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Product Safety Assessment Strategy

Click here to view examples of product safety assessments.

Risk management activities should be prioritized based on the level of risk. Chemicals and their uses should be screened for hazard and exposure potential, the possible risks characterized, and then prioritized based on those risks. Prioritization should be given to the highest risks. Our strategy is to review all LANXESS products, including R & D products, intermediates and commercial products, for risk characterization (hazard x exposure). Using this strategy, we target hazards and use scenarios for additional risk characterization and risk management resources for those products with the highest risk.

I. Leadership

A cross-functional team consisting of representatives from the business groups, Product Safety and Regulatory Affairs (PSRA), Environmental Control, Communications and Law and IP under the leadership of the Manager of PSRA, will meet periodically to assess progress against goals, address resource needs and support opportunities for leveraging and efficiencies.

II. Evaluation

The purpose of the evaluation process is to screen the inventory of products and set priorities for developing, reviewing and updating the risk characterization and risk management plans as part of our product stewardship efforts. The process utilizes corporate chemical information databases, public (Government and NGO) priority lists and established models (e.g. modeling programs such as the PBT Profiler) to rank chemicals. Product(s)/product lines can be grouped/categorized whenever possible, with consideration given to hazard and exposure/use scenarios.

1.  Hazard/toxicity:  The "Hazard Evaluation Priority Guidance" should be followed to prioritize chemicals for hazard, including acute and chronic mammalian and aquatic toxicity and physical hazards. Public availability of the hazard data (e.g. HPV/ICCA chemicals) should be considered. Significant gaps or absence of hazard information should be reviewed. The following should be evaluated for initial prioritization:

  • DOT regulated product
  • Possible carcinogens
  • Possible reproductive toxins
  • Possible PBTs
  • New commercial products which involve new-to-company chemical technology
  • New information (hazard, application, or exposure data) which becomes available

2.  Exposure:  Following the "Exposure Evaluation Priority Guidance" for potential exposures/applications of concern to prioritize chemicals, the following should be considered for initial prioritization:

  • High production volume (e.g. HPV/ICCA sponsored) chemicals
  • Information from LANXESS’ TSCA Inventory Update Rule (IUR) [e.g. CAS numbers listed at greater than the threshold of 300,000 lbs.]
  • Applications of concern from product knowledge (e.g. consumer application, spray application)
  • New commercial products which involve new-to-company chemical technology
  • New information (hazard, application, or exposure data) which becomes available

3.  Public perception:  High-profile public lists should be reviewed and chemicals should be ranked according to their presence on one or multiple lists and the expected timing of list-related activities (e.g. World Wildlife Fund list of endocrine disruptors). Media articles and programs should be reviewed for public concern issues (e.g. newspaper articles, TV programs). The public concern evaluation may increase (but not reduce) the level of risk management implementation for a given product.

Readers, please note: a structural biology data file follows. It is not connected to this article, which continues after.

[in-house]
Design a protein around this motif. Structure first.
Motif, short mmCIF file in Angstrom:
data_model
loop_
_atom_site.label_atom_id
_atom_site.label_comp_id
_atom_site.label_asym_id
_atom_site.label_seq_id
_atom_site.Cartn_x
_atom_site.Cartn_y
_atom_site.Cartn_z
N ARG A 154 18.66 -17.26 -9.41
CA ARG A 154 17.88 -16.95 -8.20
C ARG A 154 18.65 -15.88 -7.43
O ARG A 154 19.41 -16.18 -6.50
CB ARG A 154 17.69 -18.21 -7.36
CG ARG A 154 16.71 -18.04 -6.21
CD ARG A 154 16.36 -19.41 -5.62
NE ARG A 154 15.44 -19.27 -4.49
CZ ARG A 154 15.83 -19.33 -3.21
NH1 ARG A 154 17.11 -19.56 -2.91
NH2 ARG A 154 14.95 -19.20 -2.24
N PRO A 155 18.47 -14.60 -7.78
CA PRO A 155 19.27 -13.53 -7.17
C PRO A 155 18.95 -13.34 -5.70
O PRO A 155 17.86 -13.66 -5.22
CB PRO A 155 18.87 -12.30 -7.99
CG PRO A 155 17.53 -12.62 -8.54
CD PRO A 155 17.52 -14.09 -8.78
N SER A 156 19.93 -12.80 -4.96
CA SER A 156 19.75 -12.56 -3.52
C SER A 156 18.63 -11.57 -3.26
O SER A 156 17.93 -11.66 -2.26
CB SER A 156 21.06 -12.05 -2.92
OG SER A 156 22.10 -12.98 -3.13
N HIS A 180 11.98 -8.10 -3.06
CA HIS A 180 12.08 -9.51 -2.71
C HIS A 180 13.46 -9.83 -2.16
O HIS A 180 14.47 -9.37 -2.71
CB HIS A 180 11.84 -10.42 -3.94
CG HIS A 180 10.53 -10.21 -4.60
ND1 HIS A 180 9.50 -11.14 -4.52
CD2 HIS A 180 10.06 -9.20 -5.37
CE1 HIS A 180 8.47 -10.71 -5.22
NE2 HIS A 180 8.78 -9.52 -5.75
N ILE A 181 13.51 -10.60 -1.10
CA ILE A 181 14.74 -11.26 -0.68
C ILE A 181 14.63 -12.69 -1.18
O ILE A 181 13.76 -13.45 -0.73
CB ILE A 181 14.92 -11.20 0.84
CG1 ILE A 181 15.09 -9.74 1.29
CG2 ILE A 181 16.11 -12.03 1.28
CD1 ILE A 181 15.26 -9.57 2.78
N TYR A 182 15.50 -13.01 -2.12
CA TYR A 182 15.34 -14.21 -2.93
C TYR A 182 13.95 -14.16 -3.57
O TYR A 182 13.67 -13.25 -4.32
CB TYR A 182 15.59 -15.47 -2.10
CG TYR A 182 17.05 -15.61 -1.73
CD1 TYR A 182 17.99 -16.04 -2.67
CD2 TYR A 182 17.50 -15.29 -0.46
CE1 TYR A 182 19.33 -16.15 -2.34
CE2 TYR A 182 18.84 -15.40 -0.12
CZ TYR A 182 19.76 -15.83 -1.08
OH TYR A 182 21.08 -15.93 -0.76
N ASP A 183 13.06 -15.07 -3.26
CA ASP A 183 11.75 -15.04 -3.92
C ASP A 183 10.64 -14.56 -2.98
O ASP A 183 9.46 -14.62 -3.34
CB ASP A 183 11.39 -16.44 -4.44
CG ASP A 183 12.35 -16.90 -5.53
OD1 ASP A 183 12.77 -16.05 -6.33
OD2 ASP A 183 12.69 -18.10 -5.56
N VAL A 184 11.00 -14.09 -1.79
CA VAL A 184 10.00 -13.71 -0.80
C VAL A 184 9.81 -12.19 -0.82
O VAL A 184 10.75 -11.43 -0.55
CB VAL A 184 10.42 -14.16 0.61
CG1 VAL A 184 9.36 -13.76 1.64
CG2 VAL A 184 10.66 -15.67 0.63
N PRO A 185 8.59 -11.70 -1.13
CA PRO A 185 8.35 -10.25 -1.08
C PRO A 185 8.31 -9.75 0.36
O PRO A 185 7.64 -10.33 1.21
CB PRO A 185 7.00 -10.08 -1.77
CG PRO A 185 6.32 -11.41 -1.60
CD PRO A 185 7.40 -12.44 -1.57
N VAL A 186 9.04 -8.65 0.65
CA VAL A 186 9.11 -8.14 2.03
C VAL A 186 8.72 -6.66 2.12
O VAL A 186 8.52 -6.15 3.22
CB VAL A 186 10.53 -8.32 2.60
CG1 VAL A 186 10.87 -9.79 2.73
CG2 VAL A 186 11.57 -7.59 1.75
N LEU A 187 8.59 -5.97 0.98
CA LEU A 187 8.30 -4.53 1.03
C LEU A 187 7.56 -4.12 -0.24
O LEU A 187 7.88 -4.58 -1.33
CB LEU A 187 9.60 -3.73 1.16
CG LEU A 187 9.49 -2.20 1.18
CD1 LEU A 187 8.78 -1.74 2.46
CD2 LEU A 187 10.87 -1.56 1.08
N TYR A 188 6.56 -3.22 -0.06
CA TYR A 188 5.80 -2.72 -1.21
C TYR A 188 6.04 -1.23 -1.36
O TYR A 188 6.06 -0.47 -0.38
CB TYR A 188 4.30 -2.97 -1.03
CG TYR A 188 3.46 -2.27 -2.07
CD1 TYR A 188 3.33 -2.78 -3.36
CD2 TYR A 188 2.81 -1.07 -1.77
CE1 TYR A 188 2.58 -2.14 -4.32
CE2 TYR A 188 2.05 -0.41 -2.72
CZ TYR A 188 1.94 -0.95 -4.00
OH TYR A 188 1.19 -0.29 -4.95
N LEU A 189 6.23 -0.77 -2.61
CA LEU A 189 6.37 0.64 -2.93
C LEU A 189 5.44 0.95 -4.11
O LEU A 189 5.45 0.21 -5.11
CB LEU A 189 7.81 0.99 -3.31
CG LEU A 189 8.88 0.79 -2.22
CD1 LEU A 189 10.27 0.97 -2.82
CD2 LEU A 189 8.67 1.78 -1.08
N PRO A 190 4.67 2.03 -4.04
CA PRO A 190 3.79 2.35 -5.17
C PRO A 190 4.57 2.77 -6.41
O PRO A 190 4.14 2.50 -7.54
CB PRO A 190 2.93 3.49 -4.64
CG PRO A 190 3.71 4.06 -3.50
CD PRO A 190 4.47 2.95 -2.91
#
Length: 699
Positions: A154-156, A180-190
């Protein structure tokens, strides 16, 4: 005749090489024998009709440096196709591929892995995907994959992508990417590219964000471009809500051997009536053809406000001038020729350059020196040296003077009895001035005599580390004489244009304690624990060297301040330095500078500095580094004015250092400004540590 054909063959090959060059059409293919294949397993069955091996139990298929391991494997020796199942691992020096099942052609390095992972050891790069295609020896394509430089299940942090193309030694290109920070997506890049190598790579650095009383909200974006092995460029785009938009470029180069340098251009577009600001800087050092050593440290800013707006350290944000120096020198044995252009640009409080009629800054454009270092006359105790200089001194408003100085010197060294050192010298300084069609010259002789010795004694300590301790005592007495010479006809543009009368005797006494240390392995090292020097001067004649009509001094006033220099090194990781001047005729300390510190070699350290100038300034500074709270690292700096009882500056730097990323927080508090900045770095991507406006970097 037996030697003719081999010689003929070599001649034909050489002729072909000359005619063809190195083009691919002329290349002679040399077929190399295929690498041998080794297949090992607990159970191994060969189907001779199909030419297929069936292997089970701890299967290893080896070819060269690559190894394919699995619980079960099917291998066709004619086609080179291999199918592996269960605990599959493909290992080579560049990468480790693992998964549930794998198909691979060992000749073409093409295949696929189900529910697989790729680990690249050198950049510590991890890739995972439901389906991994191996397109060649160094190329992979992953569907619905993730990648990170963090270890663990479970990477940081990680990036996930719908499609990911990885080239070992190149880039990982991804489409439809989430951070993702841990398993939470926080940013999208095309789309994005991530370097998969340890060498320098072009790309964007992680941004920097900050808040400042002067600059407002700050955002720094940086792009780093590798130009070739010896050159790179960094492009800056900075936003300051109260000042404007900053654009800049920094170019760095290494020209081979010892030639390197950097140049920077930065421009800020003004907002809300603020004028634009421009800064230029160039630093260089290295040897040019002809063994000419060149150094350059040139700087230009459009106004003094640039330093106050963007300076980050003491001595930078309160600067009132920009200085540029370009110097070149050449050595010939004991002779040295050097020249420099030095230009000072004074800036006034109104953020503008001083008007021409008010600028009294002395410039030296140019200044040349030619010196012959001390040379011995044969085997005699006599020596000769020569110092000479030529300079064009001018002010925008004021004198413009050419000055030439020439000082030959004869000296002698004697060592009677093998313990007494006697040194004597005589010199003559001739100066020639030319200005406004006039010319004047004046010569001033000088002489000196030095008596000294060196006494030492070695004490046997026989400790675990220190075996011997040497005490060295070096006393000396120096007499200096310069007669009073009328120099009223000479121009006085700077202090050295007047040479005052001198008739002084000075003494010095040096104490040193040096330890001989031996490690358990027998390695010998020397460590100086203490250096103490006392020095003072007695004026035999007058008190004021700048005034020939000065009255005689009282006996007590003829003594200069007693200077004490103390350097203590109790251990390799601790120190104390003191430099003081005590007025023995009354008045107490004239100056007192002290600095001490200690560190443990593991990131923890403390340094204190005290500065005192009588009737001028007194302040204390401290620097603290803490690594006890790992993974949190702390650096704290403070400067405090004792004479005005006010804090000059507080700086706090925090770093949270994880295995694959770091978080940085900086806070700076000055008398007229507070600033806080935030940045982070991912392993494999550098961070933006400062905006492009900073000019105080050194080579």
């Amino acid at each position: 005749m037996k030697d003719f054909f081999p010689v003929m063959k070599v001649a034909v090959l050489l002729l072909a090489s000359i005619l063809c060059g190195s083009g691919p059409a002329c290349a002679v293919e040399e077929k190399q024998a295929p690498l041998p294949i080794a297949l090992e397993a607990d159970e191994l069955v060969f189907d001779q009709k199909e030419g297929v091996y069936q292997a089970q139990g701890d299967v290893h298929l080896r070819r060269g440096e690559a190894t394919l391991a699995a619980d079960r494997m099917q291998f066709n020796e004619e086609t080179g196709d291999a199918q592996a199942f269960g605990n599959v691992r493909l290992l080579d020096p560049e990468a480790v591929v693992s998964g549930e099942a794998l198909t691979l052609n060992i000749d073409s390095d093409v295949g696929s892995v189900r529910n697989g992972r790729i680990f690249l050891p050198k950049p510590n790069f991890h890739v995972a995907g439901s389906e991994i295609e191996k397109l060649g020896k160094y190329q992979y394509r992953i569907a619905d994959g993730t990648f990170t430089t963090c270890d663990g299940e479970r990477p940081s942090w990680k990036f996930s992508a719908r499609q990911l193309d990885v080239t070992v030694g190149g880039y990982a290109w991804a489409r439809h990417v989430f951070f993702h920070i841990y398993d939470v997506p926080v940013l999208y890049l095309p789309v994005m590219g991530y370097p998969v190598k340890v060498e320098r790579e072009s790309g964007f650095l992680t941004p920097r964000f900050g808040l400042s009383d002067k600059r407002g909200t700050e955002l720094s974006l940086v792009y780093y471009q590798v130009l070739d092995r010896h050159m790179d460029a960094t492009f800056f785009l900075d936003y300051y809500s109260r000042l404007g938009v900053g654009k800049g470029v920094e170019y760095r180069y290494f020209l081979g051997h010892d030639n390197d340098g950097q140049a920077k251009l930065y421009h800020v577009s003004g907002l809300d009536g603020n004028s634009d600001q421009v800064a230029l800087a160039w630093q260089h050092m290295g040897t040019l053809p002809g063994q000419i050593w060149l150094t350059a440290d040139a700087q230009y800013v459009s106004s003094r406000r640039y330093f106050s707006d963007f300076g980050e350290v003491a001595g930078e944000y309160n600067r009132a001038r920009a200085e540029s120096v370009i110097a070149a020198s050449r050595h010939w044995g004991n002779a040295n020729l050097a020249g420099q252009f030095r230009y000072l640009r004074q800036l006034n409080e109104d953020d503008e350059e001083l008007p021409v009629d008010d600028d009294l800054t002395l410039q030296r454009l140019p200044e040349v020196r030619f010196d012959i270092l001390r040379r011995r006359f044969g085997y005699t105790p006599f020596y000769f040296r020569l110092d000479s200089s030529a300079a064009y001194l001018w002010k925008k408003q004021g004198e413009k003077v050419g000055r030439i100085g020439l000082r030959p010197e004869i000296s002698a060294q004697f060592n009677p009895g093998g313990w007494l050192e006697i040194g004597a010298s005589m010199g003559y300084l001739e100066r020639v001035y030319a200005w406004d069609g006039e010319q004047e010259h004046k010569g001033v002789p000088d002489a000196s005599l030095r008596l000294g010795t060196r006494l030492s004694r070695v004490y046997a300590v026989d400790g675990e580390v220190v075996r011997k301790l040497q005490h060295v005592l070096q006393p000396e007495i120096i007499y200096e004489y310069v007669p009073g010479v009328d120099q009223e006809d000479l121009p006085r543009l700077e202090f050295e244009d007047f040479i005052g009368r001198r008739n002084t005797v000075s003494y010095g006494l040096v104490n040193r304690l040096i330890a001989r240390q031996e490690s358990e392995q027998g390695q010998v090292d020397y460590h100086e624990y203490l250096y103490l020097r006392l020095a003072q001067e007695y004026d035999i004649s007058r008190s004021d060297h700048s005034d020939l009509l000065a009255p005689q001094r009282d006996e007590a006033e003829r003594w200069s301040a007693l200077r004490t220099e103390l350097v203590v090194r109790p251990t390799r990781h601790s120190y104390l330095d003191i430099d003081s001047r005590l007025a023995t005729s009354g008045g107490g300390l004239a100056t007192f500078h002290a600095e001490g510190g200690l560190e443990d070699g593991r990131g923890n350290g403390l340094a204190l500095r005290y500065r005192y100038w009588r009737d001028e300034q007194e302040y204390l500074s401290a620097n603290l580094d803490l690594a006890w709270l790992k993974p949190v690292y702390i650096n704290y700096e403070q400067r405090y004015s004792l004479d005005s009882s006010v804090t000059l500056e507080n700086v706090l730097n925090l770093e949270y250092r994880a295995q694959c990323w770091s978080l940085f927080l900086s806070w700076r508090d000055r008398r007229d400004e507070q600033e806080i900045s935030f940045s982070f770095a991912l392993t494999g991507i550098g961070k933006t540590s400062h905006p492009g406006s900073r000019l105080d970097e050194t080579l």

III. Prioritization

Prioritization will initially consider the following:

  • Hazard (e.g. DOT classification)
  • HPV status
  • IUR list
  • Exposure scenario(s)
  • Public perception

The process will start with the products of highest priority based on hazard/toxicity, exposure and public perception information. The business groups may provide information, such as on use/application, for priority setting.

Once the initial tier of chemicals has been reviewed and characterized, and action plans have been developed and implemented, the prioritization process will be updated to identify the next set of chemicals or products for risk characterization.

IV. Risk Characterization/Risk Management

The purpose of the risk characterization screening process is to integrate hazard (toxicity) and exposure information at a screening level using conservative assumptions for known and foreseeable uses of the chemical or product. The intent is to identify the uses that present the highest potential for human exposure and environmental impacts across the value chain. These include exposures to workers, manufacturing plant communities, customers and consumers, and impacts related to environmental releases and waste disposal.

Completed risk characterizations will be reviewed and, if deemed necessary, will be presented to the multi-functional team, and summaries of the risk characterizations will be written and reviewed by the business unit, Communications and Law and IP. As part of our risk characterization procedure, LANXESS will determine if any risk management action(s) is necessary.

Additional risk management activities may include but are not limited to the following:

  • Obtaining additional hazard and exposure information to conduct a more refined risk characterization
  • Putting additional controls or personal protective equipment (PPE) in place to limit exposures
  • Restricting or eliminating certain uses of the chemical/product
  • Providing safe handling and use presentations to internal and external customers
  • Developing a detailed safe handling and use brochure
  • Implementing other product stewardship activities


Karen Haynes
Head of Product Safety & Regulatory Affairs, NORAM

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